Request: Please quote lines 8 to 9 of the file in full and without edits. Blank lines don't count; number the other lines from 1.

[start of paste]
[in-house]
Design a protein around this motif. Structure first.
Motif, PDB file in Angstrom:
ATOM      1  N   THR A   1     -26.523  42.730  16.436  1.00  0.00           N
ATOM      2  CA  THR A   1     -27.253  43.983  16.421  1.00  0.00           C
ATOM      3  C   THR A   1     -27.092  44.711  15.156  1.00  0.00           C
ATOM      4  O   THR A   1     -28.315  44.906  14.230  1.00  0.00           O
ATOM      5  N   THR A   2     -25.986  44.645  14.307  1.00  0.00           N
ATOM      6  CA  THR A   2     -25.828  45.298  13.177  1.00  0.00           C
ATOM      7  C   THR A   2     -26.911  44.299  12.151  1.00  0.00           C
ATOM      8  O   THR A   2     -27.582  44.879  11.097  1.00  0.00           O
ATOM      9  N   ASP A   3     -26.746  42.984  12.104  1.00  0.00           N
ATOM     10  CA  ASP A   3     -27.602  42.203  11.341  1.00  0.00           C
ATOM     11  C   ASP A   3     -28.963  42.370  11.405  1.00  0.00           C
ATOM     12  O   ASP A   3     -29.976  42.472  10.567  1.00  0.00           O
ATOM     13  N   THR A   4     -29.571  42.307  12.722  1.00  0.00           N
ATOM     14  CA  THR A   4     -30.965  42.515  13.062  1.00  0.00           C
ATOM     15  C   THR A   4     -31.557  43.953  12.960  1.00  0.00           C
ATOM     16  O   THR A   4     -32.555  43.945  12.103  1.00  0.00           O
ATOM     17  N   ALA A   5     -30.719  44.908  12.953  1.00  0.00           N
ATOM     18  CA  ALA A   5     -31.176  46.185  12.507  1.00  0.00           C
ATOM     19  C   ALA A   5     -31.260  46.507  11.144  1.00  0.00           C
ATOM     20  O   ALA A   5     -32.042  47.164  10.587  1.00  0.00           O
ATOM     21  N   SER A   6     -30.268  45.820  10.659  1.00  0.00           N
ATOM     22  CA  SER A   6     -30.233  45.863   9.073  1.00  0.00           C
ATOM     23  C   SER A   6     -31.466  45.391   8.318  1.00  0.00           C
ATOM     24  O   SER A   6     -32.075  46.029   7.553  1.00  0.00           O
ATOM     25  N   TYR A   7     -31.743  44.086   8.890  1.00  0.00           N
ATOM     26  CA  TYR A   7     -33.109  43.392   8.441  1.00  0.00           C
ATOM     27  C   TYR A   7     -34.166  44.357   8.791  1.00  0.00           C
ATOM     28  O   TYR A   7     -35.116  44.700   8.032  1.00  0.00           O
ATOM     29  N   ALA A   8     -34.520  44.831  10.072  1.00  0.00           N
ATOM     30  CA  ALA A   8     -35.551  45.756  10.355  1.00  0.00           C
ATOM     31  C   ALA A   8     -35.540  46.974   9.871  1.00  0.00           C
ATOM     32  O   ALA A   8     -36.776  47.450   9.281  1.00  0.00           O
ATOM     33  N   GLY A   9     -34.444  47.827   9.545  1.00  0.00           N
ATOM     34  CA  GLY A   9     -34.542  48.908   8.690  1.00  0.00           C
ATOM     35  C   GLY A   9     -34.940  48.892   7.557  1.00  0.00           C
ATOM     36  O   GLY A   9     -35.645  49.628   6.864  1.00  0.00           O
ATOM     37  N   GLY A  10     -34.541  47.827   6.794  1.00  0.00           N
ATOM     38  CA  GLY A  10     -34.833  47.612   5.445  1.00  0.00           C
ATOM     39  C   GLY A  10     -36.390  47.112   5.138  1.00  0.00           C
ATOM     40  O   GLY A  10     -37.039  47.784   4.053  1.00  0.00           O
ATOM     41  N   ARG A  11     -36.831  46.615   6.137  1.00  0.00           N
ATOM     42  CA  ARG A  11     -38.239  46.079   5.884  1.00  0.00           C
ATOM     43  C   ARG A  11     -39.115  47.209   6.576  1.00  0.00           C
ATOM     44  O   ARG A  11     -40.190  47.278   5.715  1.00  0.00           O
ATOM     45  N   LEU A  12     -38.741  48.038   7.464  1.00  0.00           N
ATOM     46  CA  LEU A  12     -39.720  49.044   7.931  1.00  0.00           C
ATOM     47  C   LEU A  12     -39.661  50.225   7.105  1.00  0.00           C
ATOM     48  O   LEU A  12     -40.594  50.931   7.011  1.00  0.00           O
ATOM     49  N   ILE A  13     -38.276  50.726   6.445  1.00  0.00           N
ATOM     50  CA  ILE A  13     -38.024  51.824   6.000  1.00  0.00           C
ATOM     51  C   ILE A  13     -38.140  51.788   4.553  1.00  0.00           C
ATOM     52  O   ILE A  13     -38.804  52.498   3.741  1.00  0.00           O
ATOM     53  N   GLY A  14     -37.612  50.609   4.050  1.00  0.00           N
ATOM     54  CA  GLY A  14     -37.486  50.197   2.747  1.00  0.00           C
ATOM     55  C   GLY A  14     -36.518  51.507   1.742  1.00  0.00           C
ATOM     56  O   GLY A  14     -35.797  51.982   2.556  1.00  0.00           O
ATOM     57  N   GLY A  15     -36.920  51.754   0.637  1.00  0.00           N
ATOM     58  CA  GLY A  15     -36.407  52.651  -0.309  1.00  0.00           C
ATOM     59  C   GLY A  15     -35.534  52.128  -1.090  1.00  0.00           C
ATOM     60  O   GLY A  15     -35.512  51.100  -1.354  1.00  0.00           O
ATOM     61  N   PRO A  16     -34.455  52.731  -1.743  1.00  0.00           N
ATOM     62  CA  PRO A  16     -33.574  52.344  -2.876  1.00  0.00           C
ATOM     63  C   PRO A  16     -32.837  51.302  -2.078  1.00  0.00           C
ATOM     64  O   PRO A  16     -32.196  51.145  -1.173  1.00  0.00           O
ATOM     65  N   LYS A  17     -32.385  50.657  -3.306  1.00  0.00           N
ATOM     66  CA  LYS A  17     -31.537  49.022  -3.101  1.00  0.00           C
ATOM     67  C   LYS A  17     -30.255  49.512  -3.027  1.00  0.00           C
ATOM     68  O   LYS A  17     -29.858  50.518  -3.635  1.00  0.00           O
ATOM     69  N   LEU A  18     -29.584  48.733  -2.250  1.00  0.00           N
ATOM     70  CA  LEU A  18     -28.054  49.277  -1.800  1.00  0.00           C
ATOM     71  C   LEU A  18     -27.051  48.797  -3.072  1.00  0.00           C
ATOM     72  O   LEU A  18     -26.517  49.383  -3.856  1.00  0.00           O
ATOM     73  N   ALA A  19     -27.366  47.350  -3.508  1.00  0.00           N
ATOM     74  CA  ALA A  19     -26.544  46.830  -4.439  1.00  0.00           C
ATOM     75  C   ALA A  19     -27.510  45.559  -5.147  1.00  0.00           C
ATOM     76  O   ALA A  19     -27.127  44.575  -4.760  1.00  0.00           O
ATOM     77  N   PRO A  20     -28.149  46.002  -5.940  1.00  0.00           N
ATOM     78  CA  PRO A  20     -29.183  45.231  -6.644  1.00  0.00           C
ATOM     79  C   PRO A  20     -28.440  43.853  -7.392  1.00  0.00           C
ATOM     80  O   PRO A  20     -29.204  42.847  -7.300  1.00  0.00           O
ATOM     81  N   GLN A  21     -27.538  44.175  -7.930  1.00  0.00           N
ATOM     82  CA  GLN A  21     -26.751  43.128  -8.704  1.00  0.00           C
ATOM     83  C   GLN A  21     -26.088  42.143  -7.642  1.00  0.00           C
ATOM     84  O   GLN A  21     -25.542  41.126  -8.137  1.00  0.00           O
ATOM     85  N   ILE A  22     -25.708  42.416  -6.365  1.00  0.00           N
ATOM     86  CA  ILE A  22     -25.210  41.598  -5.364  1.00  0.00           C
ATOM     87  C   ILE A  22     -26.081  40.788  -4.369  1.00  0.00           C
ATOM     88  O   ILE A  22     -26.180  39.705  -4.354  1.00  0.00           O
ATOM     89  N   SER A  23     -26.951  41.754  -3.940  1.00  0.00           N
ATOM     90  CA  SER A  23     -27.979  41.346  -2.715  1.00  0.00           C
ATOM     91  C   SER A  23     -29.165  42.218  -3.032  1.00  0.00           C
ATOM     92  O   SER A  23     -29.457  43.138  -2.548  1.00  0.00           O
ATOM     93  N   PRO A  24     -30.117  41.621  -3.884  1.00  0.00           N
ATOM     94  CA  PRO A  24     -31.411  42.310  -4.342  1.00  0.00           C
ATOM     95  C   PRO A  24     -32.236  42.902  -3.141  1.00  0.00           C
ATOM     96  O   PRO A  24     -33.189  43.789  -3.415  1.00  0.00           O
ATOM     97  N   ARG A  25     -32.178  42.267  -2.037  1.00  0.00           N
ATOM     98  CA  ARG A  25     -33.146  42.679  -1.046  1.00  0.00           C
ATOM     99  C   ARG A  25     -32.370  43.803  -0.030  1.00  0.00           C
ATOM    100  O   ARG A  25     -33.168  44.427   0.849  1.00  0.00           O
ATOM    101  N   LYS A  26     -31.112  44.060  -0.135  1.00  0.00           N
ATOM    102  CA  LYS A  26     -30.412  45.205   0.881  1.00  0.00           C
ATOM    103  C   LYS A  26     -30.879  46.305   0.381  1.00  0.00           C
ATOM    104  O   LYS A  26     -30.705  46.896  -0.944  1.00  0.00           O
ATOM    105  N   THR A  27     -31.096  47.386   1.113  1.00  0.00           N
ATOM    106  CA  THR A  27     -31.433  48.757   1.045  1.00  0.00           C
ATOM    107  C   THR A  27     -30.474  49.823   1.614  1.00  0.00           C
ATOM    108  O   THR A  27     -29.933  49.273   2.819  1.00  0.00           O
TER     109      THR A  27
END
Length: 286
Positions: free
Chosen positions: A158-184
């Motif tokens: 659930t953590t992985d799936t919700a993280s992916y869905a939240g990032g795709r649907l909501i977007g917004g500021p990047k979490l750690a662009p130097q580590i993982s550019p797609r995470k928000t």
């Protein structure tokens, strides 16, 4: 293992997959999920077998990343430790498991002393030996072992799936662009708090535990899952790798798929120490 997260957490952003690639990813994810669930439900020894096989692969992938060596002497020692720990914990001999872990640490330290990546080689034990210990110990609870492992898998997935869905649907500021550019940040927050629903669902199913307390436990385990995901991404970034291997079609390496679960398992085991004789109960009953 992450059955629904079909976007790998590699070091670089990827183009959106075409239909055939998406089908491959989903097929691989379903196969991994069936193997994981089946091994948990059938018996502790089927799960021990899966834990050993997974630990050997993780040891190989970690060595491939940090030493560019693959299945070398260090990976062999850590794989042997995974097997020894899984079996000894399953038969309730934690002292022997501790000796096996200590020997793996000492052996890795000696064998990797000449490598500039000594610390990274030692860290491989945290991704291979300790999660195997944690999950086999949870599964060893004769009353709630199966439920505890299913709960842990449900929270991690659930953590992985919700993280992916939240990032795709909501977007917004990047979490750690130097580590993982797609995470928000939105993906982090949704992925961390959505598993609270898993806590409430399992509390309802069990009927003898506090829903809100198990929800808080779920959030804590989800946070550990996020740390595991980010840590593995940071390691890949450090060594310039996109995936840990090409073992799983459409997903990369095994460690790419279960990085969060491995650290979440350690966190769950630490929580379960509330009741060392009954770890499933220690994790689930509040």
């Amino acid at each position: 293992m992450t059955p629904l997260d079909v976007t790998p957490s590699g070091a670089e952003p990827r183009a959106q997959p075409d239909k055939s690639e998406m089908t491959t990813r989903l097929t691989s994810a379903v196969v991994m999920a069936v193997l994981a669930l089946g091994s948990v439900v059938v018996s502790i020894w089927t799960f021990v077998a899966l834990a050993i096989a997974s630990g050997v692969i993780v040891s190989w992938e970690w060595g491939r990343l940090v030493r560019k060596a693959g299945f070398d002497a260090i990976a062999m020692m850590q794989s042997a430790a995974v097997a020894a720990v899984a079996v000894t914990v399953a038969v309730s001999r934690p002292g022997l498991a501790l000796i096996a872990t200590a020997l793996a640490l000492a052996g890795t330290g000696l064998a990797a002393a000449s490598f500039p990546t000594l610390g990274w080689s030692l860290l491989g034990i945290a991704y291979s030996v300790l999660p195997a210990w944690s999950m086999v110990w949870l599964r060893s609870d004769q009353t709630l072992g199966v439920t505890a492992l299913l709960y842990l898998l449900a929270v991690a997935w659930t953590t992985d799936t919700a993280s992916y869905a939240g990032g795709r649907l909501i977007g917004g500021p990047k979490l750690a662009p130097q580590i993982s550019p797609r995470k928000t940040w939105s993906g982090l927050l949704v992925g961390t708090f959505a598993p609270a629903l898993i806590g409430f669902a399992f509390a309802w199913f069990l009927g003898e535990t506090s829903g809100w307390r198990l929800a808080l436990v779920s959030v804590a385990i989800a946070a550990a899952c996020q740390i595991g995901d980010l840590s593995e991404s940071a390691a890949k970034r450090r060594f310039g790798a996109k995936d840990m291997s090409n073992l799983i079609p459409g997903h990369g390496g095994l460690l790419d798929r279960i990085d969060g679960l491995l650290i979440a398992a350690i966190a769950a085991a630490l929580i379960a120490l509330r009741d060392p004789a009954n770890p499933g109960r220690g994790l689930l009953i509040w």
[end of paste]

ATOM      5  N   THR A   2     -25.986  44.645  14.307  1.00  0.00           N
ATOM      6  CA  THR A   2     -25.828  45.298  13.177  1.00  0.00           C